Many patients are treated not only with a “targeted” therapy drug like Tarceva, Avastin, or Iressa, but with a combination of chemotherapy drugs. Therefore, existing DNA or RNA sequences or expression of individual proteins often examine only one compenent of a much larger, interactive process. The oncologist might need to administer several chemotherapy drugs at varying doses because tumor cells express survival factors with a wide degree of individual cell variability.
    There is a tactic of using biopsied cells to predict which cancer treatments will work best for the patient, by taking pieces of live “fresh” tumor tissue, applying different chemotherapy treatments to it, and examining the results to see which drug or combination of drugs does the best job killing the tumor cells. A cell-based assay test with “functional profiling,” using a cell-death endpoint, can help see what treatments will not have the best opportunity of being successful (resistant) and identify drugs that have the best opportunity of being successful (sensitive).
    Funtional profiling measures the response of the tumor cells to drug exposure. Following this exposure, they measure both cell metabolism and cell morphology. The integrated effect of the drugs on the whole cell, resulting in a cellular response to the drug, measuring the interaction of the entire genome. No matter which genes are being affected, functional profiling is measuring them through the surrogate of measuring if the cell is alive or dead.
    For example, the epidermal growth factor receptor (EGFR) is a protein on the surface of a cell. EGFR-inhibiting drugs certainly do target specific genes, but even knowing what genes the drugs target doesn’t tell you the whole story. Both Iressa and Tarceva target EGFR protein-tyrosine kinases. But all the EGFR mutation or amplificaton studies can tell us is whether or not the cells are potentially susceptible to this mechanism of attack. They don’t tell you if Iressa is better or worse than Tarceva or other drugs which may target this. There are differences. The drugs have to get inside the cells in order to target anything. So, in different tumors, either Iressa or Tarceva might get in better or worse than the other. And the drugs may also be inactivated at different rates, also contributing to sensitivity versus resistance.
    As an example of this testing, researchers have tested how well a pancreatic cancer patient can be treated successfully with a combination of drugs commonly used to fight lung, pancreatic, breast, and colorectal cancers. The pre-test can report prospectively to a physician specifically which chemotherapy agent would benefit a cancer patient. Drug sensitivity profiles differ significantly among cancer patients even when diagnosed with the same cancer.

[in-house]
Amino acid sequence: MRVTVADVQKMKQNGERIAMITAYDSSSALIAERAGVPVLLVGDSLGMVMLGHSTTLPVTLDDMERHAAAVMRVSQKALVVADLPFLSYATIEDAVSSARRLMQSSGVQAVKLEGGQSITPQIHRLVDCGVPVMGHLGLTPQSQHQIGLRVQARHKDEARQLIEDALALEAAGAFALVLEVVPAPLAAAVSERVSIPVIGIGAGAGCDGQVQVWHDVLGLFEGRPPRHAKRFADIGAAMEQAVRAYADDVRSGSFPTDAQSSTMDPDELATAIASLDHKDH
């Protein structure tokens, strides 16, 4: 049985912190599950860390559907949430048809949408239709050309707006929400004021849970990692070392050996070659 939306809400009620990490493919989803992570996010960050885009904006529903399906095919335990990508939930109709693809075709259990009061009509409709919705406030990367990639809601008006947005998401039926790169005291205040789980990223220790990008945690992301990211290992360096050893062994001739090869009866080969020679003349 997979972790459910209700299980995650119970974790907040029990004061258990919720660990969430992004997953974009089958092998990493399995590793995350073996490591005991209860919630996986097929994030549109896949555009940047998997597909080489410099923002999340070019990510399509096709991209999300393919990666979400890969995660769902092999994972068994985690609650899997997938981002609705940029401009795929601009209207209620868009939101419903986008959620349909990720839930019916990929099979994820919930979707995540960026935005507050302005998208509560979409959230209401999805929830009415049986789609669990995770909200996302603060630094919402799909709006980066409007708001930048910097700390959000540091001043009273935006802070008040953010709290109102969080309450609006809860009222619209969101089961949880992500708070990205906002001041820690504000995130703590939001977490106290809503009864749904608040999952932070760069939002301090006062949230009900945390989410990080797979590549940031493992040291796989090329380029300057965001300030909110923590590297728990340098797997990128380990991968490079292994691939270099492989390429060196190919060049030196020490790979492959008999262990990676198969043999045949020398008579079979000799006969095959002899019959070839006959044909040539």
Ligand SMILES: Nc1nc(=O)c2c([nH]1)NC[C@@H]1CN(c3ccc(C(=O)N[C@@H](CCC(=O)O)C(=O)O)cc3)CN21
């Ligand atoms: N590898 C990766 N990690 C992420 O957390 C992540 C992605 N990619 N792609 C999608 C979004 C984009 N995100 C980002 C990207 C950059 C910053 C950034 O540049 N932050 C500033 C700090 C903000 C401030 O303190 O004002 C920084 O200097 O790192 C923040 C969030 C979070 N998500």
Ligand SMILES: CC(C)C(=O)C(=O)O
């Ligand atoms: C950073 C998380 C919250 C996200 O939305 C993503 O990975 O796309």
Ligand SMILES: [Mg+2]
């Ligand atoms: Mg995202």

The funtional profiling technique makes the statistically significant association between prospectively reported test results and patient survival. It can correlate test results that are obtained in the lab and reported to physicians prior to patient treatment, with significantly longer or shorter overall patient survival depending upon whether the drug was found to be effective or ineffective at killing the patient’s tumor cells in the laboratory.
    This could help solve the problem of knowing which patients can tolerate costly new treatments and their harmful side effects. These “smart” drugs are a really exciting element of cancer medicine, but do not work for everyone, and a pre-test to determine the efficacy of these drugs in a patient could be the first crucial step in personalizing treatment to the individual.
    Literature Citation:
    Weisenthal, L.M. Functional profiling with cell culture-based assays for kinase and anti-angiogenic agents Eur J Clin Invest 37 (suppl. 1):60, 2007
    Nagourney, R.A. Functional Profiling of Human Tumors in Primary Culture: A Platform for Drug Discovery and Therapy Selection (AACR: Apr 2008-AB-1546)


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About Razib Khan

I have degrees in biology and biochemistry, a passion for genetics, history, and philosophy, and shrimp is my favorite food. In relation to nationality I'm a American Northwesterner, in politics I'm a reactionary, and as for religion I have none (I'm an atheist). If you want to know more, see the links at